Updated from 2:04 p.m. EDT

Network Associates

(NET) - Get Report

has extended the deadline of its offer to acquire spinoff



. The extension came after only 4% of the McAfee shares not already owned by Network Associates were tendered by investors.

Santa Clara, Calif.-based Network Associates, which already owns 75% of McAfee shares, said in a press release Tuesday that it would extend its offer until midnight Aug. 13 from Monday at midnight. The offer is contingent on a majority of those McAfee shares not already owned by Network Associates being tendered. That condition was not met by the deadline.

"With approximately 4% of shares tendered, our stockholders agree with our board of directors -- the Network Associates offer was financially inadequate and substantially undervalued both our current business and future potential," said McAfee president and CEO Srivats Sampath. "We call upon Network Associates either to increase its offer to a level that the board of directors of McAfee.com can support or to promptly terminate and withdraw its offer so that both companies can move forward and focus on building value for our respective stockholders."

After abandoning an earlier offer following accounting troubles and disclosure of an investigation by the

Securities and Exchange Commission

, Network Associates on July 1 offered 0.90 of a share of its stock for each outstanding share of McAfee. But as stock prices plummeted, so did the value of the deal.

Shares of Network Associates have dropped 30.9% since July 1, while McAfee stock has fallen only 3.8%. Based on Monday's closing prices, Network Associates would be buying McAfee shares at a discount of $2.13, or 16.3%. Shares of Network Associates fell 57 cents, or 4.7%, to $11.61 in recent trading. McAfee shares were up 11 cents, or 0.8%, at $13.90.

"First of all, we want to find out who those 4% of people are who tendered their stock. They have to be the dumbest people on earth," said Needham & Co. analyst Richard Davis, who has a buy rating on McAfee. "There are plenty of ways to lose money in the market. This is probably not a way."

Davis said he believes by extending the deadline, Network Associates may be hoping its stock price climbs to increase the value of the offer or may be buying time to sweeten the deal. "Absolutely Network Associates has to raise the bid," said Davis, who would like to see a premium of 5% to 10%.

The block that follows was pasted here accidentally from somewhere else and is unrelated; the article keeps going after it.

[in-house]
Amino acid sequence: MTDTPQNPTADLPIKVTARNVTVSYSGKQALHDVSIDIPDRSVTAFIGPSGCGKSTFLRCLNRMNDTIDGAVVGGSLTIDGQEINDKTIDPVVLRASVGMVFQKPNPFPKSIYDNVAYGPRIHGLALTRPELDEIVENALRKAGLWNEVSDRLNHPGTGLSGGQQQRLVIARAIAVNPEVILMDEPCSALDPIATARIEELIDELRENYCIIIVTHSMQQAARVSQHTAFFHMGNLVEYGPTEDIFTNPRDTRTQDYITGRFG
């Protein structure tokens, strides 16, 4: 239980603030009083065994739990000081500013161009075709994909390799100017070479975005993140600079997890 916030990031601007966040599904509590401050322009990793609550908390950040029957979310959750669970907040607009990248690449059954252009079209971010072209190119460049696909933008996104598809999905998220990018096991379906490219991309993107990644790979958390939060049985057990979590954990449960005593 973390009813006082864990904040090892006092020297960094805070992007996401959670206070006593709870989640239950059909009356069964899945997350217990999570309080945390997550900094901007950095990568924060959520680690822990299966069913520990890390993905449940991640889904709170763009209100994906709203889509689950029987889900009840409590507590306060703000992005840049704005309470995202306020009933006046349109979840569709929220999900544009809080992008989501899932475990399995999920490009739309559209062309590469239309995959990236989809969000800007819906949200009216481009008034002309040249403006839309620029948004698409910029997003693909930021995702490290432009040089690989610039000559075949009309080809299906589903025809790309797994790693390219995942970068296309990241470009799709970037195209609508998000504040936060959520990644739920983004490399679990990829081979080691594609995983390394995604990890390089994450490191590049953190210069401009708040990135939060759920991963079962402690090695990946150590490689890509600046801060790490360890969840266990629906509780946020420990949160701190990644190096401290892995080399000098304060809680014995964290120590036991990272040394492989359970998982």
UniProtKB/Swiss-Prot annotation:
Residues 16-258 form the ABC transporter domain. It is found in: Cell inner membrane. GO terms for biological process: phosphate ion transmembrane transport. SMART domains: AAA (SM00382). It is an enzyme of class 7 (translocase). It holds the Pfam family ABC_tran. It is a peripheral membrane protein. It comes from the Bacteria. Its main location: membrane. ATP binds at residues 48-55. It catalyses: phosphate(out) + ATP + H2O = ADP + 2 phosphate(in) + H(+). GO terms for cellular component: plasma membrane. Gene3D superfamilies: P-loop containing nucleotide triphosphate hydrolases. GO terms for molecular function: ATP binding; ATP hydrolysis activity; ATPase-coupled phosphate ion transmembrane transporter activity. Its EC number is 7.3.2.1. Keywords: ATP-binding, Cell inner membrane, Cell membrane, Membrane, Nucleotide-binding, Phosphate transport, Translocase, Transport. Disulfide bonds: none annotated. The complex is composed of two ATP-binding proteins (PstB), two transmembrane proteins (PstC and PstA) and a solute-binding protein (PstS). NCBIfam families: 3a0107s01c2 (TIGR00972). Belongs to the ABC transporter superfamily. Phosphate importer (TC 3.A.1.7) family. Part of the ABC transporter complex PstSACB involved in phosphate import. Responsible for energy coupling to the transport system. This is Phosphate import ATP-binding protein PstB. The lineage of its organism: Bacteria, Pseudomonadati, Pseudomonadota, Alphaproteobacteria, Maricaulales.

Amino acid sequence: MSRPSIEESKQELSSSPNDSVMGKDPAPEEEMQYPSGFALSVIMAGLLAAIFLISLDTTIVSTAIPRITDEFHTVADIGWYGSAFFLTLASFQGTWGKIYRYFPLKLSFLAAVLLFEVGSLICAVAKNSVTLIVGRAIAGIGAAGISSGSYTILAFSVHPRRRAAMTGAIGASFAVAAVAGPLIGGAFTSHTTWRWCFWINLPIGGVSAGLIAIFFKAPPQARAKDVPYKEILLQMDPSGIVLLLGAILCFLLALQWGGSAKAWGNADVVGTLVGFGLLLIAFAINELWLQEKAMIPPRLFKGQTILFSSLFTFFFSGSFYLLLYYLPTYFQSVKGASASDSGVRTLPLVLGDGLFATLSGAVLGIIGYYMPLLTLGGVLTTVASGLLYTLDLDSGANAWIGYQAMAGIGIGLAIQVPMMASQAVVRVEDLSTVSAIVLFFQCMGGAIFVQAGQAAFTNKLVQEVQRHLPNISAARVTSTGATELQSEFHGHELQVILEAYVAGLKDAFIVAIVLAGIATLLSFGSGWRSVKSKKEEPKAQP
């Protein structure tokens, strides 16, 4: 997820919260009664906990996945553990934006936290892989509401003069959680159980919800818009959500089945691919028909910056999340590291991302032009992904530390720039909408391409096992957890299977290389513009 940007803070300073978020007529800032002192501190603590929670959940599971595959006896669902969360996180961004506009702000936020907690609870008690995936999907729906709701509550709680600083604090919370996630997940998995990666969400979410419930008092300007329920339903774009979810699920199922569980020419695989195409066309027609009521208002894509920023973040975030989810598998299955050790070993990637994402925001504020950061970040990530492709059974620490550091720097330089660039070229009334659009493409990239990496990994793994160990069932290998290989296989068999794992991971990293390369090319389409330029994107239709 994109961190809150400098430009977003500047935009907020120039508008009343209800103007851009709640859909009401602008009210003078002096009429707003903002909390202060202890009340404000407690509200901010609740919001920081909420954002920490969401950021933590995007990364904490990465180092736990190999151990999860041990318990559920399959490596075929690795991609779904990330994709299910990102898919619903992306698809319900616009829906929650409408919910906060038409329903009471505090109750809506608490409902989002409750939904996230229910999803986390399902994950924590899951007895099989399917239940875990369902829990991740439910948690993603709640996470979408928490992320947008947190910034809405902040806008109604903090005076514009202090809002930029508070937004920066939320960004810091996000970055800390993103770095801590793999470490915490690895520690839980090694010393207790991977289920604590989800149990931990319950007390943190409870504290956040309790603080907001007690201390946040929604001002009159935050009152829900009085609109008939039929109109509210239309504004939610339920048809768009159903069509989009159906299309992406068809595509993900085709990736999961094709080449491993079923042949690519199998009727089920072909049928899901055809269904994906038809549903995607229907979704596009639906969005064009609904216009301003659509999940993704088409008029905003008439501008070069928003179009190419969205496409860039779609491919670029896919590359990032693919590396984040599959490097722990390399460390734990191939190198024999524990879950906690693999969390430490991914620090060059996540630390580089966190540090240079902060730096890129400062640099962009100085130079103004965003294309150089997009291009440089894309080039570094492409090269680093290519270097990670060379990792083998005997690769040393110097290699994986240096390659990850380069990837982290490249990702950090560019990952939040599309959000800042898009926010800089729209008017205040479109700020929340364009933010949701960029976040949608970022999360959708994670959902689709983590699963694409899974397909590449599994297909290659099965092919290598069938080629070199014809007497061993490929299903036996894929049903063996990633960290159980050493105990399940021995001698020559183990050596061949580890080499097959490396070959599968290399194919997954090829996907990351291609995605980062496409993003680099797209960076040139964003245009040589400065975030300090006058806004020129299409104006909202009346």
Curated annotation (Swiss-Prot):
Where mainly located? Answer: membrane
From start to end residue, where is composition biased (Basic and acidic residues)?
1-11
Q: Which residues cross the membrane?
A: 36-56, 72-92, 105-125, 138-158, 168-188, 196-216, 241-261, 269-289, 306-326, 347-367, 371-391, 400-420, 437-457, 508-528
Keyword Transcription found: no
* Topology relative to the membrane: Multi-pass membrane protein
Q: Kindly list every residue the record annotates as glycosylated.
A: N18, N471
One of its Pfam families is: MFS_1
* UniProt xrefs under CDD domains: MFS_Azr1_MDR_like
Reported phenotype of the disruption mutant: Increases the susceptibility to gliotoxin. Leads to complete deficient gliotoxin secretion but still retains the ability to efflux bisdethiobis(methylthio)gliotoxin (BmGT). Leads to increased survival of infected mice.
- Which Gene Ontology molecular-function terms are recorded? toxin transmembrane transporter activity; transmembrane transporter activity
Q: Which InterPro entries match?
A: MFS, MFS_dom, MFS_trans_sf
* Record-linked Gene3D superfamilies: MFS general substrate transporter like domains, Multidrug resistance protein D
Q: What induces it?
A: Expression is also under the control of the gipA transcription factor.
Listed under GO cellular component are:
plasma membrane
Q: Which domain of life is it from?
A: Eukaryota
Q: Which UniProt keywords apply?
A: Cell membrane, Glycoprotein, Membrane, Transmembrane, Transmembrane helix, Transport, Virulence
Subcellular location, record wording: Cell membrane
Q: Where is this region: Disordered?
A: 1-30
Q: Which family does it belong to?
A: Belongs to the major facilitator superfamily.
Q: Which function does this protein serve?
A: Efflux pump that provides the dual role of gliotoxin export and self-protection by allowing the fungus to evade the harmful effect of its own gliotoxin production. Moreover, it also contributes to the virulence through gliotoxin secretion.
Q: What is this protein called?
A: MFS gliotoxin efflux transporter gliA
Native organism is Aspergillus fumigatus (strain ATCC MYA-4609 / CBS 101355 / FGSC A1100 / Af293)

Kent Roberts, executive VP and general counsel for Network Associates, said Network Associates believes more time will help sort out its stock price, which the company believes is undervalued, and help McAfee shareholders better evaluate the fundamentals of Network Associates.

Network Associates spun off McAfee.com in 1999 during the dot-com boom to sell its virus software via the Internet. "Theoretically Network Associates could say, 'Look, the only reason you're alive is because of us, so you have to take this bid,'" Davis said. Such guerrilla tactics, however, would be a "recipe for a lot of hard feelings if not phone calls to the lawyers," he added.

Given its majority ownership, Network Associates could bring the acquisition to a vote of McAfee shareholders, akin to the vote by the boards of

Hewlett Packard

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on their merger.

Under that scenario, "we would have to have the boards agree

to bring the issue to a vote and because of our high percentage ownership in McAfee.com, there would be a more elaborate test," Roberts said. "It would be quite possible, but more difficult."

Hostile takeovers also can be structured as tender offers like Network Associates' latest offer. But "we don't view this as hostile," Roberts said. Rather, he said, Network Associates tried to make it as "non-coercive" as possible by requiring a majority of shareholders excluding Network Associates to tender their shares and also requiring that Network Associates owns at least 90% of outstanding McAfee shares after the offer is completed, Roberts added.